“Brandon, you’re trying to get a job, not auditioning for the Real Housegays of Beverly Hills.”

I’m sure I have no idea what he’s referring to.

But as we eat, he explains how difficult it was for him to relocate. In 30-something years, he had never left lived too far from his family and close friends, so to move out to L.A. just for a job? He had to make that transition of finally taking his work seriously.

It wasn’t always glam. And it wasn’t something you’d always want to show off. But it was a career. Funny enough, he found himself interning at 32 in a strange new city. But a month later, he was given the position he wanted, and has since been promoted again. It was hard, but he was working even harder to set up a successful future for himself.

It was one aspect I never really needed to consider. Or at least, never took the time to. I mean, I just never considered that I wouldn’t be working alongside Kim and Kyle Richards, as I do in my head.

It’s like when you’re in grade school and the teacher asks you what you want to be when you grow up. Everyone would automatically say doctor or lawyer. But thanks to eight seasons of Grey’s Anatomy (still pissed about how Lexie died!), we know that it’s not simple to just become a doctor — that’s only after a lot of hard work, the gratification of knowing you worked your ass off makes it worth it. (Unless you work at Seattle Grace, where it seems the death rate is higher for its doctors than it is for its patients.)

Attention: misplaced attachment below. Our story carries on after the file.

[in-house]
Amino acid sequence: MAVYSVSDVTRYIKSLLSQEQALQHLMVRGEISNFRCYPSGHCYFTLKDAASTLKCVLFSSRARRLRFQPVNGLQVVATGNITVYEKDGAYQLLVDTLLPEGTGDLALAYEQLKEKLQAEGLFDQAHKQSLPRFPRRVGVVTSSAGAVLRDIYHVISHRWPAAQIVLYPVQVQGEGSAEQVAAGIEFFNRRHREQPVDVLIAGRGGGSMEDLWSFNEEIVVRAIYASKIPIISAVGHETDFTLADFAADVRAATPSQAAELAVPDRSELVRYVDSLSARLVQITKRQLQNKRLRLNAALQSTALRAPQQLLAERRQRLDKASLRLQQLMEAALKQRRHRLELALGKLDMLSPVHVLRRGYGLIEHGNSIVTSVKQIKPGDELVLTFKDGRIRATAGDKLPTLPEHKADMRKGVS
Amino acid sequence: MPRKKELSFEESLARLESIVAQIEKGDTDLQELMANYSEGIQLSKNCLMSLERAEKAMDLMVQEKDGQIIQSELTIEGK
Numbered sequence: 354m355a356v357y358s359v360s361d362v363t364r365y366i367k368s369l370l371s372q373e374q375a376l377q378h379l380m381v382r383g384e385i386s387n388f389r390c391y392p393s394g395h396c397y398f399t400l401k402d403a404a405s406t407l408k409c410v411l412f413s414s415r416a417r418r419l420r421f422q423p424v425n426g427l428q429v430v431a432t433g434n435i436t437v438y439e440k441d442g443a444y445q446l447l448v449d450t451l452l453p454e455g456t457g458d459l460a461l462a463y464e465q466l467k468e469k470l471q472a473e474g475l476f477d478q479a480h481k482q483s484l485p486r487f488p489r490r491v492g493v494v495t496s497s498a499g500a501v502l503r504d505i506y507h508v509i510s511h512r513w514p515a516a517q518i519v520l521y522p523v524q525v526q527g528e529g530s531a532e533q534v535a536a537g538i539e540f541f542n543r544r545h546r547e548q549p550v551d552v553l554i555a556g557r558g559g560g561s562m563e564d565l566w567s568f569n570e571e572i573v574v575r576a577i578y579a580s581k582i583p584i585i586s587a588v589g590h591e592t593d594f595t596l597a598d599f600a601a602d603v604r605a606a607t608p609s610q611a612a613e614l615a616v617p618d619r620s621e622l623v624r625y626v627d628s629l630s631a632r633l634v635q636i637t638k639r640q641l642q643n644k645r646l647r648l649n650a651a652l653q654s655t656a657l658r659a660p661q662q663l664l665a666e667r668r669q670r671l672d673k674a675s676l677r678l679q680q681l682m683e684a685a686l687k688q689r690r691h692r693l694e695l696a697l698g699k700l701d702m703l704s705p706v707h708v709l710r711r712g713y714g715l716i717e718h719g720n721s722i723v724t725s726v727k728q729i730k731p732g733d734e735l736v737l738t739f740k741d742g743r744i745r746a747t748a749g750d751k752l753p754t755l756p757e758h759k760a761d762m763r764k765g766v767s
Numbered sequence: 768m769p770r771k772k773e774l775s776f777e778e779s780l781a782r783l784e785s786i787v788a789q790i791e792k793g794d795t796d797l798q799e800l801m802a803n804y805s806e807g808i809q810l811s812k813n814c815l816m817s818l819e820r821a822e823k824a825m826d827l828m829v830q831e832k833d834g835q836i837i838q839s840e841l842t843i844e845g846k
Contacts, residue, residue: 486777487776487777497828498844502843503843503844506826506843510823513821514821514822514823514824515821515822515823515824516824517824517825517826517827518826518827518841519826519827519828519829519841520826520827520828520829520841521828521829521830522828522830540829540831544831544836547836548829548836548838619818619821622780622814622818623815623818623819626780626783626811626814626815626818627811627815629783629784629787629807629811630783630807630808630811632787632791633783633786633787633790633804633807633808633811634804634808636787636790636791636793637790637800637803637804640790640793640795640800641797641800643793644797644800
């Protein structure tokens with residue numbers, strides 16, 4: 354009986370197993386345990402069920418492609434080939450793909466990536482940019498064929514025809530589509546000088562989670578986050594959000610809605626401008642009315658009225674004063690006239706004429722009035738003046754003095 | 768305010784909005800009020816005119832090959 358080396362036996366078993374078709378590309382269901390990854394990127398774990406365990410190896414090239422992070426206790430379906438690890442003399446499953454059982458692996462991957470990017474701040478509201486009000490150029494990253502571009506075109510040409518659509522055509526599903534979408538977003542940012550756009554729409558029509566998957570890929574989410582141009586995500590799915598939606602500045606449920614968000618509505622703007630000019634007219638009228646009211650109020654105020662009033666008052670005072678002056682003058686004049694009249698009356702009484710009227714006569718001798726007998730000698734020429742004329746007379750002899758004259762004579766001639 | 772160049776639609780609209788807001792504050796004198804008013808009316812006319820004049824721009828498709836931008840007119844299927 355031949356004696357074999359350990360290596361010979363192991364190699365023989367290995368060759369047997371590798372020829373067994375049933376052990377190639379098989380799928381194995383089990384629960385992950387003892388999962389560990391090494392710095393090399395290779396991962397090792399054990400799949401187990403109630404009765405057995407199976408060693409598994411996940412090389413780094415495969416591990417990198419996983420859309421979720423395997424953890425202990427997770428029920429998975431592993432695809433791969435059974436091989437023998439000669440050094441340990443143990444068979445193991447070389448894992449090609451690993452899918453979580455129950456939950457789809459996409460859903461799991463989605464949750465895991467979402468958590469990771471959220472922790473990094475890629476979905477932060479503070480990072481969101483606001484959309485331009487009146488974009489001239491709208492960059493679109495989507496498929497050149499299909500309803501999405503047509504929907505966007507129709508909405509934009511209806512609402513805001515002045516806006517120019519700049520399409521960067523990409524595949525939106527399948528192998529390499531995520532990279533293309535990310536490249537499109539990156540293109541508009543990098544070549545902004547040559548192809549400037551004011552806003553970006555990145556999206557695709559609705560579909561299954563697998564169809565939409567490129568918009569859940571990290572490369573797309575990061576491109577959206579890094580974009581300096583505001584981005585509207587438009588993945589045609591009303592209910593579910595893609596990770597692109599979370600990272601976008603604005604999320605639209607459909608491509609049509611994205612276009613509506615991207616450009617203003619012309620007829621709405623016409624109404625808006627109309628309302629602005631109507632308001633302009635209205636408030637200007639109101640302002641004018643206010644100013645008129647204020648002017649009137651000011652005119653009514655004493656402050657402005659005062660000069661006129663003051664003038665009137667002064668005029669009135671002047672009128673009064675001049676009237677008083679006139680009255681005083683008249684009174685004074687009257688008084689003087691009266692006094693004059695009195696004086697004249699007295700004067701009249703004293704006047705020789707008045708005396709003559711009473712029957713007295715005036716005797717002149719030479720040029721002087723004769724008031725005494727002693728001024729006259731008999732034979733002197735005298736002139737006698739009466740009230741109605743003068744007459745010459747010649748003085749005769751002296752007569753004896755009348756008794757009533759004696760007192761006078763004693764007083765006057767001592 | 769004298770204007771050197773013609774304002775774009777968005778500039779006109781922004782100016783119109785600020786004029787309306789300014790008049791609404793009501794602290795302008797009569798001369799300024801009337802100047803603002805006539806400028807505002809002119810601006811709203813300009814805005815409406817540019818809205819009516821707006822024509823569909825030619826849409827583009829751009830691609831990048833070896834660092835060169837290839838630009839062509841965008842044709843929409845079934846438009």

But he was right. It was time to get over myself. So I responded to a few of the internship offers. I accepted one with this entertainment company casting for major networks. If I do well, I’ll have an actual paid position within the month as a casting associate.

Sure, I’m not working alongside Kim and Kyle. But I am casting for their network. That’s only one hop, skip, and diamond-motivated jump away from future BFFs.

Career? Maybe just the beginnings of one. But it’s enough to give me hope.

Peace out.


Follow Brandon on Twistter @The_HugoBoss

—  Arnold Wayne Jones